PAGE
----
Think of your codebase as the commons: multiple people working in the same space. When working on a story or a ticket, you can take out technical debt at any point. Technical debt is formed when code is written suboptimally to optimize some other value, usually time. Especially on a team, taking a shortcut and finishing your work more quickly will make you look good in front of your teammates or your manager. Since someone has to pay back that debt, so you’re incentivized to throw your teammates or even a future version of yourself under the bus.
And it doesn’t even require ill intentions. Emergence can happen even when you have no designs either way. Have you ever reviewed a pull request that looked great in diff form, but when browsing the code later, it became obvious that the fix was unsound? It’s certainly happened to me. It’s possible (and sometimes even easy!) to accidentally write pull requests in such a way that they look good on GitHub, but closer examination of the fix’s surroundings reveals that it solves the problem in the wrong place or in the wrong way. This is most obvious with duplication. A diff can’t tell you if you’ve rewritten code that already exists in the codebase, and that can be a really simple way of building up technical debt, having code fall out of sync, and leaving holes for bugs to hide in.
Meditations on Moloch is an awesome blog post generalizing this concept to society, capitalism, and ideology. In it, the author quotes a short passage from the Principia Discordia, a conversation between a human and a goddess, which sums it up nicely.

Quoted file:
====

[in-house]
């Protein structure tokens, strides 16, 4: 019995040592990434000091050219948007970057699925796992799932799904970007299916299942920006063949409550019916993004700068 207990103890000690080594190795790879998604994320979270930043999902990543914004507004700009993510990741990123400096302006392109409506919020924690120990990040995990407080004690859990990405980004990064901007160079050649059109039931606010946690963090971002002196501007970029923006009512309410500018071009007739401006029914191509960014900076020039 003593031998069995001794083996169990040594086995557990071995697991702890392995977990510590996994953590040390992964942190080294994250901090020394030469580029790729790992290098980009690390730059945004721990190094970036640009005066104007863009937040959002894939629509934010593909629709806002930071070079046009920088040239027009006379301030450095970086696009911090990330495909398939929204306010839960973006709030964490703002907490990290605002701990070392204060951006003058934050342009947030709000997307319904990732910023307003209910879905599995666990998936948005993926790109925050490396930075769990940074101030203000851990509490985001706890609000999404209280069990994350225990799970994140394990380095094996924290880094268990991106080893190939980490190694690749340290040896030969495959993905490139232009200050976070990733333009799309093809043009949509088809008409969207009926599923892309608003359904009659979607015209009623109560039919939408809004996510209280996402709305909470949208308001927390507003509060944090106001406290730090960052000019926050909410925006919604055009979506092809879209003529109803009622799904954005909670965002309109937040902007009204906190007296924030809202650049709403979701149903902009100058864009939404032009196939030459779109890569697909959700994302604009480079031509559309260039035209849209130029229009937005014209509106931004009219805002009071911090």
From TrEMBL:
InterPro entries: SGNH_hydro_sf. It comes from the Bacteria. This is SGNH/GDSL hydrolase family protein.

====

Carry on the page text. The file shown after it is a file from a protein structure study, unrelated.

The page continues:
”I am filled with fear and tormented with terrible visions of pain. Everywhere people are hurting one another, the planet is rampant with injustices, whole societies plunder groups of their own people, mothers imprison sons, children perish while brothers war. O, woe.”
WHAT IS THE MATTER WITH THAT, IF IT IS WHAT YOU WANT TO DO?
“But nobody wants it! Everybody hates it.”
OH. WELL, THEN STOP.
But how do we stop? Emergent behavior acts like entropy: reversing it takes work and, more importantly, coordination.
There are no real secrets here. A crufty codebase demands attention, and it won’t fix itself. Code will need to be refactored over time. For a team, coordination mostly happens at the code review level. This doesn’t just mean checking for style, but checking, at a very rigorous level, for flaws, duplication, confusing code, and spots that will otherwise cause problems in the future. Code review makes sure the team is synchronized.
For teams of one, solving your problem involves holistic attention to your codebase. No one else is around to catch your mistakes, so you have to put a lot of deliberation into it. On the other hand, there’s no one else to muck it up after you fix it.
But the best solution is just to never get yourself into the problem. Mike Hadlow suggests generally waiting for more maturity in the technologies that you introduce. He also seems to recommend waiting until you can replace a component wholesale instead of piecemeal.
This is your craft, and building good software is your primary job. Write code that doesn’t need documentation; barring that, write documentation. Write tests. Don’t write comments, but use good naming and method extraction to obviate them. With attention and coordination, you can make your codebase enjoyable to work in again.